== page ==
The administration of a 401(k) plan requires a lot of attention, recordkeeping, and disclosures. In fact, many companies have dedicated resources in place to ensure that administrative issues are addressed. Let’s face it: managing participant needs, requests, and investment options are not an easy task. To make matters more complex for companies, there has been more and more attention placed on plan administration transparency. In 2012, the Department of Labor issued regulations requiring plan administrators significantly enhance disclosure and transparency about plan investments and their related fees. More recently, the Supreme Court issued a ruling that again expands the duties of plan sponsors in both the transparency and managing of plan mutual fund investment options. The net impact of these changes translates into a greater administrative and risk-management burden for plan sponsors.
In the case heard by the Supreme Court, Tibble v Edison, it was argued that the six year statute of limitations does not prohibit an employee from bringing litigation against employers for retaining expensive investments in the company retirement. The case was one of the first to address the issue of whether it is appropriate for a large plan to offer expense retail class mutual funds as an investment option when less costly institutional class funds were available. At the heart of the issue was the investment fees that participants were required to pay when making an investment. In this case, plan participants were forced to pay a higher fee when a lower fee option was available. It was argued that plan sponsors have an ongoing fiduciary duty to conduct an ongoing assessment of plan investments (and their fees) to ensure an appropriate value for plan participants.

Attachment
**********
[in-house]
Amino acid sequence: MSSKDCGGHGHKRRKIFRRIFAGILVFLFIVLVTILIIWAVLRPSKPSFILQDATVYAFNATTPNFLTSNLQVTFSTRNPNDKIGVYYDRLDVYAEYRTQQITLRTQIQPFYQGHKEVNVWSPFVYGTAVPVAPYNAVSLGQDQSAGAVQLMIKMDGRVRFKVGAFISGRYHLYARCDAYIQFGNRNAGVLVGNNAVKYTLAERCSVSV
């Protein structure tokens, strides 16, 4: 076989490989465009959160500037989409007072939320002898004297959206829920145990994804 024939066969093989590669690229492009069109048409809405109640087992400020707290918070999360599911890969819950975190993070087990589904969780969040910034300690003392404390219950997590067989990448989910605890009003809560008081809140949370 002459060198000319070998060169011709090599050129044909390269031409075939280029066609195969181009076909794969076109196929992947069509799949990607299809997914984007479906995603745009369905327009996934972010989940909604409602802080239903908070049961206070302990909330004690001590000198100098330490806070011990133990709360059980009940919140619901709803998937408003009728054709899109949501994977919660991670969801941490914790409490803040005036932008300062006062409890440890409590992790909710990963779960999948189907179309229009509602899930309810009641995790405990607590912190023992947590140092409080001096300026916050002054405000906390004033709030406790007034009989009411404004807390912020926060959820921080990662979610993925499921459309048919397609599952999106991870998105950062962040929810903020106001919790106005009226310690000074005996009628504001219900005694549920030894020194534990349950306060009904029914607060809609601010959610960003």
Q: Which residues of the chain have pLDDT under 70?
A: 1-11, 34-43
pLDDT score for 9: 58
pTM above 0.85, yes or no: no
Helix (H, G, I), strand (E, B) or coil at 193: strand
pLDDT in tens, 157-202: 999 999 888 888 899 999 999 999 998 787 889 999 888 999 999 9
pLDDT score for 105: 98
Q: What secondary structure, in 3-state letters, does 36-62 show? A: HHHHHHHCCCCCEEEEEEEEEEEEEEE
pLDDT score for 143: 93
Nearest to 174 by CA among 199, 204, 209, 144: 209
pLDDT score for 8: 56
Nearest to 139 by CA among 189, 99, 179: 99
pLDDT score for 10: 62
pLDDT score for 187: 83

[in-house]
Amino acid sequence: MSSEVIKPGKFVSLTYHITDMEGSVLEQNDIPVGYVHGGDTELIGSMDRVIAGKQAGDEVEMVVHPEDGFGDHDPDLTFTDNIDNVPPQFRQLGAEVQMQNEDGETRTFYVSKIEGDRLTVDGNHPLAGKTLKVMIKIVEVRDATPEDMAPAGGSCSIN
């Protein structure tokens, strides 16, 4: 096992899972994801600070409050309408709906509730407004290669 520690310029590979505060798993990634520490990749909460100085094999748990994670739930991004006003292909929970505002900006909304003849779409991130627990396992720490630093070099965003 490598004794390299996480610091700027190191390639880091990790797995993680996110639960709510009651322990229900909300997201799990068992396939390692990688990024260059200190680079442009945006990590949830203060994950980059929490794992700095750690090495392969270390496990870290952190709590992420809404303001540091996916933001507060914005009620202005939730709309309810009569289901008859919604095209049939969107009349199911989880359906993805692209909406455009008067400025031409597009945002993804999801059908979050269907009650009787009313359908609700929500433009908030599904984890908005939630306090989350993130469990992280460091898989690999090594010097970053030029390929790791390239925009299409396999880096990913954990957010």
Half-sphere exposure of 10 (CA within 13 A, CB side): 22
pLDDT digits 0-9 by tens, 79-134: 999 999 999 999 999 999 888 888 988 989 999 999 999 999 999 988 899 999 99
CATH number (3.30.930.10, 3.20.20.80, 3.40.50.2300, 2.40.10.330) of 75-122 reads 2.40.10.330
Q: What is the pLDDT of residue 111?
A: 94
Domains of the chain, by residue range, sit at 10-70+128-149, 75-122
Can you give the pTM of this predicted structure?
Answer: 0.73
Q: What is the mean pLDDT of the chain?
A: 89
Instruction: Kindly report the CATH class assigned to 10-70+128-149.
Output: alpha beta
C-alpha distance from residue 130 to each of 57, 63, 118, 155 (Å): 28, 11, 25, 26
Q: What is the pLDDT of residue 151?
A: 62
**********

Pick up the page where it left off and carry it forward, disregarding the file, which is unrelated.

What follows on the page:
Court Ruling & Impact
The Court ruled in a 9-0 decision that Edison, a Rosemead, CA, public utility company, had a “continuing duty to monitor” the investment options offered in retirement plans. As part of this, they are required, when necessary, to make changes to ensure they are offering the most cost effective investment options possible to participants. In this case, the ruling made it clear that Edison was not properly conducting the required monitoring. Beyond this, the Court also ruled that employees do have the right to sue employers if they neglect their continuing duty to monitor mutual funds in 401(k) accounts that have unnecessarily high fees.
The full impact of the ruling is not yet clear. It is important to note that there was no specific guidance provided on how often a review needs to be conducted and whether it should be done by the plan sponsor or if it can be outsourced. What is clear is that the responsibility for monitoring, and the consequences for not doing so, are now squarely on the shoulders of plan administrators (companies). This means companies will soon need to re-assess their plan administration processes to ensure compliance and limit the risk exposure from participant litigation.
Do you have concerns about the new ruling and how it will impact the administration of your retirement plan? JLK Rosenberger wants to help! For additional information, please contact us at 949-860-9902 or click here for email. In a brief consultation we can assess your situation and determine the best way to move forward.